The Role Models - I have mild RA (I'm in remission, I have better function, I'm a vegetarian or runner, swimmer, take this supplement, have a positive attitude) and if you would only be just like me, you'd have milder RA too.

The Snake Oil Salesmen - I have a book, website, method, diet, to sell you & cure your RA.

The Homesteaders - I have been a member of this community longer,

The Jokers - I make light of RA to try to cheer the group up. It's possible this could annoy some people who are having a bad RA day (week, month..)

The Sybils - I may be any or all of the above, all in the same day (I think I probably fit in here.)

What's great about this community is that, even when we're having a little pissing contest about who is in charge, we almost never forget one essential fact - RA doesn't care who you are, how advanced your disease is, how you feel today, whether you live a perfect lifestyle, or how long you've been diagnosed. RA can strike you down in a heartbeat; you can go to bed feeling well and literally be unable to get out of bed the next morning. You can be enjoying positive results from your medication cocktail today, and next week it stops working and you have to start all over. You can be suffering your very first disease flare or your 100th. RA can cause joint destruction within the first two years of the disease or you can have it for 50 years with no deformities. You can teach university-level macrobiology, be retired, an IT professional or a stay-at-home mom. RA doesn't care.

In my experience, when the time comes that you need information, support and encouragement, just like RA, the characters in the community don't care who you are or what your story is. I sure hope we don't let personalities make us forget that.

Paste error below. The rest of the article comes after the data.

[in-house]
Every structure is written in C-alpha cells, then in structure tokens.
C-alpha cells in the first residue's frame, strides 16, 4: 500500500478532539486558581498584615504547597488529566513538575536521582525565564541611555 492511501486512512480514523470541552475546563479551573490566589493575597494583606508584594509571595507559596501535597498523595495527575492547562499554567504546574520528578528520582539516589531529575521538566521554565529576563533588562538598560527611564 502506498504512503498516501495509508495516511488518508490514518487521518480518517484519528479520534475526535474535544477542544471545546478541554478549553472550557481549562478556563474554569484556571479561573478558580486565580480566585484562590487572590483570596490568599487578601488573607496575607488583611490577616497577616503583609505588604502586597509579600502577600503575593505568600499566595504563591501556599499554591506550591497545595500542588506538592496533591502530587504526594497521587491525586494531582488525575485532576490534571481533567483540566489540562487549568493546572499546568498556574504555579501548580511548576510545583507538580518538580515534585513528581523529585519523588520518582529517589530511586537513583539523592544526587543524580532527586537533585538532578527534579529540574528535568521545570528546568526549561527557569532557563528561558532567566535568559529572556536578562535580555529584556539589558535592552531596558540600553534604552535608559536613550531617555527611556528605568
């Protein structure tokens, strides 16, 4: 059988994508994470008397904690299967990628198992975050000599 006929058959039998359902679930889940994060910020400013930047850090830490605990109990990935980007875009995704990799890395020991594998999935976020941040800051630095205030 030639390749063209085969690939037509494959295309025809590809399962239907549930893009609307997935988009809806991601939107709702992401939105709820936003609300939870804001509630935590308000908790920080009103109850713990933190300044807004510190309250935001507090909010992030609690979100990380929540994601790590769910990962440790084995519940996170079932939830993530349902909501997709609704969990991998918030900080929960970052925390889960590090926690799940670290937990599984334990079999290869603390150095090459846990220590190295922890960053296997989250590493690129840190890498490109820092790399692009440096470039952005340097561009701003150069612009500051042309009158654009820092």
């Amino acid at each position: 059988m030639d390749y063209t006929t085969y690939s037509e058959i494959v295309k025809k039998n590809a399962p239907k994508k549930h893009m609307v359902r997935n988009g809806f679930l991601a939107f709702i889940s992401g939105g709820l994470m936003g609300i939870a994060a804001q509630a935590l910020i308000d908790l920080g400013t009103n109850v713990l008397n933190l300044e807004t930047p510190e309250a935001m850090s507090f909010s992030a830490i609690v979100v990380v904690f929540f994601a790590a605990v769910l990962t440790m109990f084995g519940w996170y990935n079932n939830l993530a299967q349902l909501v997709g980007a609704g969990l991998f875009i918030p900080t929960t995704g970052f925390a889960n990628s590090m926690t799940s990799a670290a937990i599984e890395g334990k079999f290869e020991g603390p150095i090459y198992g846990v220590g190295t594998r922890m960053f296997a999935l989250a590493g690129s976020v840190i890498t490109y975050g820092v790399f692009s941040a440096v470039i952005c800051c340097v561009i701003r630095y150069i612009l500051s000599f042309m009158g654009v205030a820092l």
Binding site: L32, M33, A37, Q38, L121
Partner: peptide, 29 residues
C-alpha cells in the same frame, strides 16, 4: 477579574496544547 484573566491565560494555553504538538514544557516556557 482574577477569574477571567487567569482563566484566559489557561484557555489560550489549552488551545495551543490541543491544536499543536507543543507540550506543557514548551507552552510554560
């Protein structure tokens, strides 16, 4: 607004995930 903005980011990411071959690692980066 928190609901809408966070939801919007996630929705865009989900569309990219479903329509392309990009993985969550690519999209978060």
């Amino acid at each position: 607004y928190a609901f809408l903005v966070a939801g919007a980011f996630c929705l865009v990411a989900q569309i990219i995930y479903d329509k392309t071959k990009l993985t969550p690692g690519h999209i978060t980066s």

Casey Anthony, the media, American culture

I just watched a half-hour of televised coverage of the Casey Anthony verdict (for those of you who have been vacationing on Saturn, she's the young mother who was accused of murdering her 3 year old daughter in Florida.) Oh my, where do I begin?

The verdict was Not Guilty of murder/Homicide/Manslaughter, but Guilty of giving false info to a police officer, 3 counts. It seems the immediate response to that on social media & television is that this is a miscarriage of justice, and Casey Anthony should have been convicted.

I can't know what was in the jury's minds, but I can tell you I have had doubts about Casey's guilt all along. I feel she had guilty knowledge, I feel she knows who the murderer is, but honestly with the cast of family characters and the accusations of abuse in that family, it's hard to come to any conclusion about Casey except that she's complicit in the coverup, clearly screwed up and a horrible mother. And those flaws do not a murder conviction make. But for argument's sake, let's assume she is guilty.